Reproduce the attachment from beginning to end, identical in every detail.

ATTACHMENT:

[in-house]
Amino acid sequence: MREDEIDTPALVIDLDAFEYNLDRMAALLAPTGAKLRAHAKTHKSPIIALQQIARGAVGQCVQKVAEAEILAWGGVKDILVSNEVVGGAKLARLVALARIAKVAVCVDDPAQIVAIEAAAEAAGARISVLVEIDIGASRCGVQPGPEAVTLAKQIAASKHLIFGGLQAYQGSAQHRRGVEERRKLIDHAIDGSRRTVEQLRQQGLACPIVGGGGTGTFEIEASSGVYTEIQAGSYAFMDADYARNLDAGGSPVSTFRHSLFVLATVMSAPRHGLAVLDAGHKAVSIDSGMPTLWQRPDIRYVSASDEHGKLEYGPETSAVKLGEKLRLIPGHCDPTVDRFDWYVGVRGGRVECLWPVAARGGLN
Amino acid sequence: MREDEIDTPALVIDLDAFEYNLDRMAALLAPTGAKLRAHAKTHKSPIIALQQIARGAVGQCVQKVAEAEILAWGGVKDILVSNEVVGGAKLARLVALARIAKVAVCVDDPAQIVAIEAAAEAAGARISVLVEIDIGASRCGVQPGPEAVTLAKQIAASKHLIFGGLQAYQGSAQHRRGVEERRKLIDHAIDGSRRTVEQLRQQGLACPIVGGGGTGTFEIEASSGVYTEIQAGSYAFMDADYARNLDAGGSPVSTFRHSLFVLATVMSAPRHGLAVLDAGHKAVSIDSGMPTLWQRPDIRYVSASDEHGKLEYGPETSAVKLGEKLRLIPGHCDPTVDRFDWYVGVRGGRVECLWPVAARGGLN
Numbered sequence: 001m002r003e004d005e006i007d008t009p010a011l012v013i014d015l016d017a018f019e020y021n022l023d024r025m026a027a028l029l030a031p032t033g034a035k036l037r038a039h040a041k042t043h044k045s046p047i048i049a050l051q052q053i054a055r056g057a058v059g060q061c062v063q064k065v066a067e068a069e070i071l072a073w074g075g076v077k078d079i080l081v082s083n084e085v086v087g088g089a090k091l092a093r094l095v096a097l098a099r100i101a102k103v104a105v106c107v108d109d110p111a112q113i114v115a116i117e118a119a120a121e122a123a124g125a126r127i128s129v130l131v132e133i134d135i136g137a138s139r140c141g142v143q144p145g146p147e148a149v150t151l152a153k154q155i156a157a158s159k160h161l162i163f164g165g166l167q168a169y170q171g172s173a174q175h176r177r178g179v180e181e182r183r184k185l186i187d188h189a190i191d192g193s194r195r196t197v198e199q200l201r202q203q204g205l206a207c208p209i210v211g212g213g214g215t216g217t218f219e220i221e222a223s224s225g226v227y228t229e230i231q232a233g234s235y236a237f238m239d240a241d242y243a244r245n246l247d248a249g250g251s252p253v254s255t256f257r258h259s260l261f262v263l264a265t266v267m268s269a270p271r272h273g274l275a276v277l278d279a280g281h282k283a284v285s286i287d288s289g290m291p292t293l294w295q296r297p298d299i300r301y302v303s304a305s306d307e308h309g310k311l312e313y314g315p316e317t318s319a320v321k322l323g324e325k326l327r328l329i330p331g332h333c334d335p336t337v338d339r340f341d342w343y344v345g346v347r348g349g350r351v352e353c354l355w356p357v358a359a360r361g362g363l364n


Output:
[in-house]
Amino acid sequence: MREDEIDTPALVIDLDAFEYNLDRMAALLAPTGAKLRAHAKTHKSPIIALQQIARGAVGQCVQKVAEAEILAWGGVKDILVSNEVVGGAKLARLVALARIAKVAVCVDDPAQIVAIEAAAEAAGARISVLVEIDIGASRCGVQPGPEAVTLAKQIAASKHLIFGGLQAYQGSAQHRRGVEERRKLIDHAIDGSRRTVEQLRQQGLACPIVGGGGTGTFEIEASSGVYTEIQAGSYAFMDADYARNLDAGGSPVSTFRHSLFVLATVMSAPRHGLAVLDAGHKAVSIDSGMPTLWQRPDIRYVSASDEHGKLEYGPETSAVKLGEKLRLIPGHCDPTVDRFDWYVGVRGGRVECLWPVAARGGLN
Amino acid sequence: MREDEIDTPALVIDLDAFEYNLDRMAALLAPTGAKLRAHAKTHKSPIIALQQIARGAVGQCVQKVAEAEILAWGGVKDILVSNEVVGGAKLARLVALARIAKVAVCVDDPAQIVAIEAAAEAAGARISVLVEIDIGASRCGVQPGPEAVTLAKQIAASKHLIFGGLQAYQGSAQHRRGVEERRKLIDHAIDGSRRTVEQLRQQGLACPIVGGGGTGTFEIEASSGVYTEIQAGSYAFMDADYARNLDAGGSPVSTFRHSLFVLATVMSAPRHGLAVLDAGHKAVSIDSGMPTLWQRPDIRYVSASDEHGKLEYGPETSAVKLGEKLRLIPGHCDPTVDRFDWYVGVRGGRVECLWPVAARGGLN
Numbered sequence: 001m002r003e004d005e006i007d008t009p010a011l012v013i014d015l016d017a018f019e020y021n022l023d024r025m026a027a028l029l030a031p032t033g034a035k036l037r038a039h040a041k042t043h044k045s046p047i048i049a050l051q052q053i054a055r056g057a058v059g060q061c062v063q064k065v066a067e068a069e070i071l072a073w074g075g076v077k078d079i080l081v082s083n084e085v086v087g088g089a090k091l092a093r094l095v096a097l098a099r100i101a102k103v104a105v106c107v108d109d110p111a112q113i114v115a116i117e118a119a120a121e122a123a124g125a126r127i128s129v130l131v132e133i134d135i136g137a138s139r140c141g142v143q144p145g146p147e148a149v150t151l152a153k154q155i156a157a158s159k160h161l162i163f164g165g166l167q168a169y170q171g172s173a174q175h176r177r178g179v180e181e182r183r184k185l186i187d188h189a190i191d192g193s194r195r196t197v198e199q200l201r202q203q204g205l206a207c208p209i210v211g212g213g214g215t216g217t218f219e220i221e222a223s224s225g226v227y228t229e230i231q232a233g234s235y236a237f238m239d240a241d242y243a244r245n246l247d248a249g250g251s252p253v254s255t256f257r258h259s260l261f262v263l264a265t266v267m268s269a270p271r272h273g274l275a276v277l278d279a280g281h282k283a284v285s286i287d288s289g290m291p292t293l294w295q296r297p298d299i300r301y302v303s304a305s306d307e308h309g310k311l312e313y314g315p316e317t318s319a320v321k322l323g324e325k326l327r328l329i330p331g332h333c334d335p336t337v338d339r340f341d342w343y344v345g346v347r348g349g350r351v352e353c354l355w356p357v358a359a360r361g362g363l364n